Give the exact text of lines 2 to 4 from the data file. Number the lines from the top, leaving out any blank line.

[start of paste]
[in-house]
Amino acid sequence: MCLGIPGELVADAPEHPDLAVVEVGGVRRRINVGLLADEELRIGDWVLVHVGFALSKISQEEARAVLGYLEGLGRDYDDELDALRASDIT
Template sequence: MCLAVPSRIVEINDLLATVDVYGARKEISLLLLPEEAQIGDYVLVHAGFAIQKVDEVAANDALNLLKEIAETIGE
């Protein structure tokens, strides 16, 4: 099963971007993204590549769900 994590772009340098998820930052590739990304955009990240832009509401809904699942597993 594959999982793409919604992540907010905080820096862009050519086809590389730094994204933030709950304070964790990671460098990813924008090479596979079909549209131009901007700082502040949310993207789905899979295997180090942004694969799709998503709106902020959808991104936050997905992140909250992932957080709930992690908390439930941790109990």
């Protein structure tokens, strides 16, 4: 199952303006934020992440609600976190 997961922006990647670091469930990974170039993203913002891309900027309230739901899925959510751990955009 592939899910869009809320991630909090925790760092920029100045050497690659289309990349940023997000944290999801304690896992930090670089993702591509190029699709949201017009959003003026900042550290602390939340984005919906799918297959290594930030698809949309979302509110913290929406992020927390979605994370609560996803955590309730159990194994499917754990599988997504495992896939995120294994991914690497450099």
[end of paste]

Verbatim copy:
Amino acid sequence: MCLGIPGELVADAPEHPDLAVVEVGGVRRRINVGLLADEELRIGDWVLVHVGFALSKISQEEARAVLGYLEGLGRDYDDELDALRASDIT
Template sequence: MCLAVPSRIVEINDLLATVDVYGARKEISLLLLPEEAQIGDYVLVHAGFAIQKVDEVAANDALNLLKEIAETIGE
């Protein structure tokens, strides 16, 4: 099963971007993204590549769900 994590772009340098998820930052590739990304955009990240832009509401809904699942597993 594959999982793409919604992540907010905080820096862009050519086809590389730094994204933030709950304070964790990671460098990813924008090479596979079909549209131009901007700082502040949310993207789905899979295997180090942004694969799709998503709106902020959808991104936050997905992140909250992932957080709930992690908390439930941790109990």